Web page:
“The Resurrection” by Mike Duran
This is the first structured Spec-Fiction review for this blog, so please recall the previously mentioned, thoroughly subjective Rating System, and note I will do my best to avoid spoilers. I will also refrain from padding my word count with a synopsis.
Let me confess straight-off I’m not a fan of most of what’s offered in today’s Christian Fiction market. That I not only purchased Mike’s book, but read it in it’s entirety is testimony to the substance of the novel and the character of the author. Mike Duran’s debut novel The Resurrection is a supernatural thriller centering around an ordinary woman named Ruby who raises a dead boy back to life, and the spiritual and physical consequences of that enormous incident.
Years ago, when Frank Peretti’s “Darkness” books were sweeping through the church world, I have to say I wasn’t nearly as impressed as most of my believing friends. Popular and ground-breaking for modern Christian fiction as they were, I found them cartoon-ish and contrived. Call me ‘crass’, an ‘ingrate’, a ‘philistine’, but I was underwhelmed. I’ll take something like Mark Frost’s “List of Seven” if I’m in that kind of mood.
That said, while Christian supernatural fiction has expanded tremendously on Mr. Peretti’s pioneer efforts, Mike Duran’s novel definitely builds on that foundation. Applying the M. I. C. E. quotient (Milieu, Ideas, Characters, Events) it’s my opinion The Resurrection is really a dramatization of a number of popular Christian-based ideas on spiritual warfare. Now that’s not a necessarily a bad thing, it’s just that I’m partial to sermons or personal testimonies if I’m considering a topic that serious.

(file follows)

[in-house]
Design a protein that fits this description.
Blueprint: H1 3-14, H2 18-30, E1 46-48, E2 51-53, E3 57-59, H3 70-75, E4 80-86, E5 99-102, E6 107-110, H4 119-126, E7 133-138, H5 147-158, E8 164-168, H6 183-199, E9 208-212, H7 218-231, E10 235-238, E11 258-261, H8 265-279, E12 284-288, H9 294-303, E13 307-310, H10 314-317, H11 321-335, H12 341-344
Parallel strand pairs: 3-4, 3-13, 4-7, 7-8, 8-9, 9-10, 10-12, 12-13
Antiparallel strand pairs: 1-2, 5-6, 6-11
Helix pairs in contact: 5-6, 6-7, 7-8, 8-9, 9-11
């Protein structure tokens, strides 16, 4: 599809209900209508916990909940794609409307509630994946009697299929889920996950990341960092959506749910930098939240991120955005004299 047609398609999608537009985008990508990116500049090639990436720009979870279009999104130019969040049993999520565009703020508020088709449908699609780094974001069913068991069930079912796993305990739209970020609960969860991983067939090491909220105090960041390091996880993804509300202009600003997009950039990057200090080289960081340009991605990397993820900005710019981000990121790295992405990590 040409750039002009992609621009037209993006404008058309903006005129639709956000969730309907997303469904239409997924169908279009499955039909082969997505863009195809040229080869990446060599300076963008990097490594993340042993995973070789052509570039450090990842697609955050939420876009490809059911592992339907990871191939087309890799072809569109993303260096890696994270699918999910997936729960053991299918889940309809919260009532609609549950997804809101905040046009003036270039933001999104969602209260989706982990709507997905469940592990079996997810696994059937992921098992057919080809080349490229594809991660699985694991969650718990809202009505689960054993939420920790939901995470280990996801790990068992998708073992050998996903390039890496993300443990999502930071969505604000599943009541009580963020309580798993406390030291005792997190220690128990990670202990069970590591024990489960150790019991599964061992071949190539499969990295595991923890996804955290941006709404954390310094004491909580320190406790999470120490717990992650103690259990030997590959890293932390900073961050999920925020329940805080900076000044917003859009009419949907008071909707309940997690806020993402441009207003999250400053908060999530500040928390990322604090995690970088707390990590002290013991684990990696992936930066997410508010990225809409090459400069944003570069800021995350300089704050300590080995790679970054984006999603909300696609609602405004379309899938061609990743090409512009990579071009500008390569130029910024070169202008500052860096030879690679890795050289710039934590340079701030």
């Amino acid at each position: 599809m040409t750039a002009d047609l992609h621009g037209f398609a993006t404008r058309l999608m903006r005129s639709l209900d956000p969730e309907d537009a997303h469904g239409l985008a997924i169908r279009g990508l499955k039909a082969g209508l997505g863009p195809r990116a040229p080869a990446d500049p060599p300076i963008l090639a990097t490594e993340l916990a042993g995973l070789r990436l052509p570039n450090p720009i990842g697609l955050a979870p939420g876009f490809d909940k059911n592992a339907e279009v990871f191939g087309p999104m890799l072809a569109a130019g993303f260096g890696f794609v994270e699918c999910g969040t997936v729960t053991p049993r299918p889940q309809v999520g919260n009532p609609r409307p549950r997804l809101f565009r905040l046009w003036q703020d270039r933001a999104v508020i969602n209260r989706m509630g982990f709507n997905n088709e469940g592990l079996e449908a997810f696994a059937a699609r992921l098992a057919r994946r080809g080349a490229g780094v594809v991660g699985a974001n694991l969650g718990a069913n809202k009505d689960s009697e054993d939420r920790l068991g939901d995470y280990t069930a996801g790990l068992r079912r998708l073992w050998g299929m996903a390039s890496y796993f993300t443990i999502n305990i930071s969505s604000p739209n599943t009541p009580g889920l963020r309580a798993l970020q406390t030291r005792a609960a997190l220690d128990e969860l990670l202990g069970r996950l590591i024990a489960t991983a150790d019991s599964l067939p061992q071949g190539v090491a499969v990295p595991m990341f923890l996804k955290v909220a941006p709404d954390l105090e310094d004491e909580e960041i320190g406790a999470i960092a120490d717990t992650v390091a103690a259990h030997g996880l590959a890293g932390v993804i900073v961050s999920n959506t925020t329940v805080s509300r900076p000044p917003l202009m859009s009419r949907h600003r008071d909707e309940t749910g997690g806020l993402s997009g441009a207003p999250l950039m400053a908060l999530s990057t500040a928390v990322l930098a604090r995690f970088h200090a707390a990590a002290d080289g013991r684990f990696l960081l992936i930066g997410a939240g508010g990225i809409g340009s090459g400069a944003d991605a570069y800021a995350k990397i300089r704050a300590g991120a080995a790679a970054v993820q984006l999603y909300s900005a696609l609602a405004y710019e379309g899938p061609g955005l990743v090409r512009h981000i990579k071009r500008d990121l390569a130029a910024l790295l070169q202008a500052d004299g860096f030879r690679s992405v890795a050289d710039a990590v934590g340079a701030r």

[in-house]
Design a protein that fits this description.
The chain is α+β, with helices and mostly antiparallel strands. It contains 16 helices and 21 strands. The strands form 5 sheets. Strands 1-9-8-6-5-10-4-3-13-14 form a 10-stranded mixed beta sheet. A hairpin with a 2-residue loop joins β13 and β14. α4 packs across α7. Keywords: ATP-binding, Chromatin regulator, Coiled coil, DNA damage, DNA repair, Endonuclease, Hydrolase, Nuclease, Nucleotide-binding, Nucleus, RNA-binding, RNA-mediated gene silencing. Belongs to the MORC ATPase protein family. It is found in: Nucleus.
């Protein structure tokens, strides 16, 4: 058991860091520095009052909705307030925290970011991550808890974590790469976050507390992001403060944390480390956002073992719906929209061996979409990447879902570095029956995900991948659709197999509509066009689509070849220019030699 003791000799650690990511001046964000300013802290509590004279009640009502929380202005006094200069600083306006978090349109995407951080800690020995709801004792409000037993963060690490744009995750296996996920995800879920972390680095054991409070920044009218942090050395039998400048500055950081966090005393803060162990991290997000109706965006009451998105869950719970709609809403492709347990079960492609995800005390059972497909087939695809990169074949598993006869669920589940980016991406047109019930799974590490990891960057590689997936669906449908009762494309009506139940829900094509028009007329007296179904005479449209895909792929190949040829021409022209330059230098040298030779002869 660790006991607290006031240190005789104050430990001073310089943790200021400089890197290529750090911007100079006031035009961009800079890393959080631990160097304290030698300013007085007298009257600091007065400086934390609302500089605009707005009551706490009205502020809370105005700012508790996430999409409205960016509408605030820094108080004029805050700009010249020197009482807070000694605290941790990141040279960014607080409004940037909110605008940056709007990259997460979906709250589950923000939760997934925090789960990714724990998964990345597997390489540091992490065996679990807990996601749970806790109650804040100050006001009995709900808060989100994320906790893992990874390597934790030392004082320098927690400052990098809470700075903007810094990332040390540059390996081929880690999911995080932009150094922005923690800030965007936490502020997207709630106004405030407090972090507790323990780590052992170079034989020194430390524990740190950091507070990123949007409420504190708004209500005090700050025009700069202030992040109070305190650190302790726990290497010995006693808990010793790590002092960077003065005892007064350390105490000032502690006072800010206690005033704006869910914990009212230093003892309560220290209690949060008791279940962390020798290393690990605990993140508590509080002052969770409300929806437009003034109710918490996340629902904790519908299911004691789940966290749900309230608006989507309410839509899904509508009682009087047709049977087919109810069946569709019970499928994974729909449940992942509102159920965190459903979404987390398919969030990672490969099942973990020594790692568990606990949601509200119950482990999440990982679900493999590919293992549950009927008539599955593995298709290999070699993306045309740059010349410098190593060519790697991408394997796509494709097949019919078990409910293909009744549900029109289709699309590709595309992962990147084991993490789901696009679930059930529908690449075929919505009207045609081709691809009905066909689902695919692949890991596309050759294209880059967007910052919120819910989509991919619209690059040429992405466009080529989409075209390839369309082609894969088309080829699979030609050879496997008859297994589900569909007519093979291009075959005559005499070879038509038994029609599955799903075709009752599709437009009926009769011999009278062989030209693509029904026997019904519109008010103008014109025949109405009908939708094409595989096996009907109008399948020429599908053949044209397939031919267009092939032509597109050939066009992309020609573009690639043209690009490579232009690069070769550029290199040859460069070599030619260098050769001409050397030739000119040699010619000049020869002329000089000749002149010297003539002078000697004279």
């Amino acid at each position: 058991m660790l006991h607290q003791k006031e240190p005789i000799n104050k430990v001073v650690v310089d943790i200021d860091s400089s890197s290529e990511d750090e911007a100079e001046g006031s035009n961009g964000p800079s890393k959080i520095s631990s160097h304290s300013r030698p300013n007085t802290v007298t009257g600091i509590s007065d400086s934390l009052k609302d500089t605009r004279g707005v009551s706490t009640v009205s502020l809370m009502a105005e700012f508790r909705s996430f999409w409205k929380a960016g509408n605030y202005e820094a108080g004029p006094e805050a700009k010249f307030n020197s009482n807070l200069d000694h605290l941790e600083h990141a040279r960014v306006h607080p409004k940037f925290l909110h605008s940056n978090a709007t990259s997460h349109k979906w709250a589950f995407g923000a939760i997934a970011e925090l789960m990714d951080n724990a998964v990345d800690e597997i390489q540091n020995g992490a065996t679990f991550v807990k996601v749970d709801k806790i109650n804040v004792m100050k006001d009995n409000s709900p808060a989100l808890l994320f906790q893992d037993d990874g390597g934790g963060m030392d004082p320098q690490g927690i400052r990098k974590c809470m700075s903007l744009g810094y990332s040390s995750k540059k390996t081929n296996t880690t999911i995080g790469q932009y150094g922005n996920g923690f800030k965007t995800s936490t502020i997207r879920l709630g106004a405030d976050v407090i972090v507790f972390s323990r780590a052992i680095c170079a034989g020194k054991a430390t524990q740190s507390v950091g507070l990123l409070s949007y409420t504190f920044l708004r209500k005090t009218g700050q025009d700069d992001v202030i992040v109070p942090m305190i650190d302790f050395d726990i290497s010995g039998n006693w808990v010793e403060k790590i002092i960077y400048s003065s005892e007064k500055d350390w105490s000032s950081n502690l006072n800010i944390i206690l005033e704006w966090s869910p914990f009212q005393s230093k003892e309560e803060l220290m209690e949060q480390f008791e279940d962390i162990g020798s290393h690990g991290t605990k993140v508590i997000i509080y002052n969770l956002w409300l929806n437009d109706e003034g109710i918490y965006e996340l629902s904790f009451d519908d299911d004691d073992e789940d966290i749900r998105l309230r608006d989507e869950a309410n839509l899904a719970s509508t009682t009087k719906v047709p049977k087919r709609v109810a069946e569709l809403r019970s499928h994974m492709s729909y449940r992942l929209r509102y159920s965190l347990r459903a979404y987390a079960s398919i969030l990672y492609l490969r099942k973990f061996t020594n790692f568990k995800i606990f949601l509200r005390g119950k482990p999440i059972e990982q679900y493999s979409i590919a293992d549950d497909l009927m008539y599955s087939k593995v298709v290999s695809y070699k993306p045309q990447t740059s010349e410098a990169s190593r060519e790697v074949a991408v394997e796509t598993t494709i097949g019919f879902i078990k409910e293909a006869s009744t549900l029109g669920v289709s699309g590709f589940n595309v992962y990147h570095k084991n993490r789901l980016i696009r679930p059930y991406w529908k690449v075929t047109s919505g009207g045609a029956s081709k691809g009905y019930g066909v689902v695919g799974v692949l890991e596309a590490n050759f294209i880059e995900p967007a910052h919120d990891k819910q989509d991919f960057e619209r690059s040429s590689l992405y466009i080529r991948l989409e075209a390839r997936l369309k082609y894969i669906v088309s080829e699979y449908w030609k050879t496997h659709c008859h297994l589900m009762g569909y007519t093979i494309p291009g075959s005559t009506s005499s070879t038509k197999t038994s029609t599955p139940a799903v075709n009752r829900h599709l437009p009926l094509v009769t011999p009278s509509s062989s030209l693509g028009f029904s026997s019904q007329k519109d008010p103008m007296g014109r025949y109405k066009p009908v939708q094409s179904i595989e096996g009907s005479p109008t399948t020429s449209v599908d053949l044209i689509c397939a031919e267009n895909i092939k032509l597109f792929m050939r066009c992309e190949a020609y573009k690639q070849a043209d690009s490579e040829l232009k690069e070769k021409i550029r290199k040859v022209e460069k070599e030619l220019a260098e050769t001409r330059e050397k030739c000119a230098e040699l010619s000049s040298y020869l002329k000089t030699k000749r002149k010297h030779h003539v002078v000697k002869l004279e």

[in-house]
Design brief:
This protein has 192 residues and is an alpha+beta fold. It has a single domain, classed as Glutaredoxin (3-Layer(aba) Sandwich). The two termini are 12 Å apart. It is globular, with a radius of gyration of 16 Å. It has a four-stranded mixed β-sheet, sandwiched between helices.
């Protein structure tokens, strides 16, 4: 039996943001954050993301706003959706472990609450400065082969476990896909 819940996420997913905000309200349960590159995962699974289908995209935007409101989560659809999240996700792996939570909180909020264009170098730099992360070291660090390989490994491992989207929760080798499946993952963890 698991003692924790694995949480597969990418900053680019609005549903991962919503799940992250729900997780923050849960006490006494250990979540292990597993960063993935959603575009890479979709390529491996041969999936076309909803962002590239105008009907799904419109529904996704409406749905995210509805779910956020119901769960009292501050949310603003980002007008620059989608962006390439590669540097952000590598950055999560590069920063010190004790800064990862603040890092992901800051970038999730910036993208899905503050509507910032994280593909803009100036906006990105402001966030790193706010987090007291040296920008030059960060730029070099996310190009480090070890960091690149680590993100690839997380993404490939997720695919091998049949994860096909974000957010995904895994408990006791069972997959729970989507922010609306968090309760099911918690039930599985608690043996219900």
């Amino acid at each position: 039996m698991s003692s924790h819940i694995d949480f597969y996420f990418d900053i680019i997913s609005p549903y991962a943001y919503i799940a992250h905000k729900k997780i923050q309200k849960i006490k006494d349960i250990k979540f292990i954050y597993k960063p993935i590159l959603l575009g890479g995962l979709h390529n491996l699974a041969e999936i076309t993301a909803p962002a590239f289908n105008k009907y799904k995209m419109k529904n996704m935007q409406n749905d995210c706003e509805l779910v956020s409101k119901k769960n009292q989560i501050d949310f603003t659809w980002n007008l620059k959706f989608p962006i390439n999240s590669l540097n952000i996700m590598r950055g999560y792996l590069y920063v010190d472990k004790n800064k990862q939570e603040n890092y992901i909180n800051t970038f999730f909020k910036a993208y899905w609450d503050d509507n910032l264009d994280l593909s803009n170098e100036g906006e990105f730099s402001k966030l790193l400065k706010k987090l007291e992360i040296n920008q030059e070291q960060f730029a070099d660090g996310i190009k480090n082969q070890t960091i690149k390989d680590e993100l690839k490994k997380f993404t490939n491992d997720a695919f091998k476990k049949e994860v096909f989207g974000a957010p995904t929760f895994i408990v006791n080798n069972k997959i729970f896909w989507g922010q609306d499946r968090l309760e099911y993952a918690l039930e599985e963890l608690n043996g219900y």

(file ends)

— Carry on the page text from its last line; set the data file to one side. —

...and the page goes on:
Novel-wise, a number of the characters were quite engaging and well-developed. (Ruby, her husband, Vinyette…) Unfortunately others seemed little more than types constructed to dispense information in dialogue form. The neo-pagan (backslidden?) Professor Keen struck me as little more than an “evil liberal, anti-christ” trope, while Reverend Clark was about as sharp as a bowling ball, his lack of discernment and resolve going from baffling to painfully contrived. I wondered how he managed to graduate from high school, let alone finish Seminary or get selected for Pastoral office.
No doubt about it though, Mr. Duran can throw down some serious ninja skills when he wants: the Resurrection scene, the initial meeting with the Church Board, and several others were deftly written. The poignant struggles and sheer ‘ordinary-ness’ of the protagonist were refreshing, as were the over-arching themes of contested faith, spiritual dominion, and ultimate victory.
All in all, Mike Duran’s The Resurrection gets Three Stars for being a solidly written debut novel. I’d certainly recommend it to like-minded friends and family, and unequivocally label it safe for Christian family consumption. Available at Amazon in Trade paperback and Kindle HERE it’s worth your time and money. You can also follow the author at his excellent blog deCompose and join in the often insightful and spirited discussions.
I’m looking forward to his next book.